USPS board of governors could lose last presidential member in mid-December
By Bill McAllister, Washington Correspondent
On the day that President Barack Obama welcomed Donald Trump, his successor, to the White House, the watchdog of the United States Postal Service issued a plea for help.
What the Postal Service’s Office of Inspector General said in a white paper was that, unless Congress acts quickly, the huge, independent federal agency will become powerless to handle several vital tasks.
Setting stamp prices, hiring or firing the postmaster general, and planning new postal products are all powers granted to the nine presidential governors who oversee the USPS.
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Those powers, the inspector general said, will vanish in mid-December because the last presidentially appointed member of the Postal Service’s board of governors can no longer sit on the board.
When former Rep. James Bilbray of Nevada departs the boardroom, all nine of the presidential seats on the board will be vacant.
Thanks largely to the opposition of Sen. Bernie Sanders of Vermont, the Senate has failed to nominate any of Obama’s candidates for the board in recent years.
At a November meeting of the board’s “temporary emergency committee,” Bilbray noted that the postmaster general and the deputy PMG remain members on the board.
“But I cannot effectively run the United States Post Office by myself,” he said.
“We are shocked that somebody out there doesn’t hear us, doesn’t hear how badly we are off. [We are down to] one governor: me.”
It’s not clear what the incoming Trump administration wants to do with the USPS, which has defaulted on billions of dollars it owes the U.S. Treasury.
The word “postal” did not appear in the 2016 Republican Party platform, and Trump did not discuss any postal issues during the campaign.
Sanders said only during his unsuccessful bid for the Democratic presidential nomination that he would appoint postal governors who presumably shared his interests.
Sanders wanted the USPS to get back into the banking business, offering financial services to communities that had few banks, an idea that postal management has not endorsed.
With Sanders’ defeat by Hillary Clinton, all discussion of the USPS disappeared from the presidential race.
Now the Postal Service’s Office of Inspector General is hoping its white paper, titled “Governance of the U.S. Postal Service,” will draw some attention to the problem as Trump begins to discover in detail the problems his administration will confront.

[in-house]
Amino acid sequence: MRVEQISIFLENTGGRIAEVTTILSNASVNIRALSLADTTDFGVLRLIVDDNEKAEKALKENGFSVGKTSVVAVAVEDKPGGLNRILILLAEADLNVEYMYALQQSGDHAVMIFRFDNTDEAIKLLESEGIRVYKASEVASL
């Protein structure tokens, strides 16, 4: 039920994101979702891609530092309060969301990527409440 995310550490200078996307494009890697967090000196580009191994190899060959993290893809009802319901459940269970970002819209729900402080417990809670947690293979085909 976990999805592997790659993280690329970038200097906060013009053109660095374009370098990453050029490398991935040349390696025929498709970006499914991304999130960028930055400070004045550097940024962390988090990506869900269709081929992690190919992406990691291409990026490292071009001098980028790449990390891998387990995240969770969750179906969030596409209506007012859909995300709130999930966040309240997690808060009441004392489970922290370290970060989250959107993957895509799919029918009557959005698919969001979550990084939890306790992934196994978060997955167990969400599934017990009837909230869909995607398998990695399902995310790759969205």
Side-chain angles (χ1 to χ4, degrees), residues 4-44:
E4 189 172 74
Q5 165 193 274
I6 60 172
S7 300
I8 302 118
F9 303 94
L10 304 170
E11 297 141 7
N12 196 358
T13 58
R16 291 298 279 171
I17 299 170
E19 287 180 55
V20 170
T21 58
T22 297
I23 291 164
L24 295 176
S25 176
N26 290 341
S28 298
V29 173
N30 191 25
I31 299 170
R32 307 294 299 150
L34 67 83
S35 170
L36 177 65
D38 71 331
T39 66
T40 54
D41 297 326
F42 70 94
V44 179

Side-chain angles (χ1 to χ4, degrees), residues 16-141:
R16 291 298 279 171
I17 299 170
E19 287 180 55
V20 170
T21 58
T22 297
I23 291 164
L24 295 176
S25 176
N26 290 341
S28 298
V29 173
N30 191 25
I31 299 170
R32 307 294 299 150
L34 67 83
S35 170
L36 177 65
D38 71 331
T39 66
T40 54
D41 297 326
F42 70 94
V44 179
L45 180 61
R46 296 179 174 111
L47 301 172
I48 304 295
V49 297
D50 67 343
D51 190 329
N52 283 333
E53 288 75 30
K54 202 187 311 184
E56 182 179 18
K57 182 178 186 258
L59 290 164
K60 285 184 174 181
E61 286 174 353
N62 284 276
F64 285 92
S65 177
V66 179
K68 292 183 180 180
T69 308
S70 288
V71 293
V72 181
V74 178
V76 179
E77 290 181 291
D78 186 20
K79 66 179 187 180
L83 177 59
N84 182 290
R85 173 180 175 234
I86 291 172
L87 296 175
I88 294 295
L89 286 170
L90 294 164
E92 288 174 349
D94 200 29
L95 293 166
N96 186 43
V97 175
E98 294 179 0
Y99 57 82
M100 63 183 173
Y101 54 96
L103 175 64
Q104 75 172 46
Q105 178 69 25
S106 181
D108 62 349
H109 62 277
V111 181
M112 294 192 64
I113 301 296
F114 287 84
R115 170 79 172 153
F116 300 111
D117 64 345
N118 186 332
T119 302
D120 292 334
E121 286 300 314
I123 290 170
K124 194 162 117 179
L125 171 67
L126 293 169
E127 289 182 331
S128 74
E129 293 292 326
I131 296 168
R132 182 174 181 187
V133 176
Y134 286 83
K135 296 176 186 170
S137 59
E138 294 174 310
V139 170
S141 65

Congressional Republicans have expressed little interest in what some say would be a “bailout” of the USPS, and one of the few postal union leaders to comment on the Nov. 8 elections, Fredric Rolando, president of the National Association of Letter Carriers, was not optimistic about the prospects.
Noting that the union had endorsed Hillary Clinton, he said in a Nov. 9 statement: “Had we prevailed in more races, we would have been in a better position to achieve sensible postal reform legislation and to protect the interests of active and retired members of the NALC.”
“Now we face a lot of uncertainty,” he said.
APC objects to mail name change
Mailers Hub News, a new postal newsletter, notes that Postmaster General Megan Brennan’s proposal to rename “Standard Mail” as “Marketing Mail” has come under attack.
The Association for Postal Commerce, whose members are major mailers, filed comments with the Postal Regulatory Commission, objecting to the name change.
Noting that the change will require mailers to change the indicia on their mailings at their own cost, the association complained that the USPS “has not evaluated how these changes will affect response rates.”
“If the ‘Marketing Mail’ indicia causes recipients to view mailpieces as ‘junk mail’ their value will be reduced immeasurably,” the APC said.
Mailers Hub said in its Nov. 7 issue that postal officials were quick to note at a recent meeting of the Mailers Technical Advisory Committee that the Postal Service won’t soon be asking for a revision of its labelings of “Standard Mail.”
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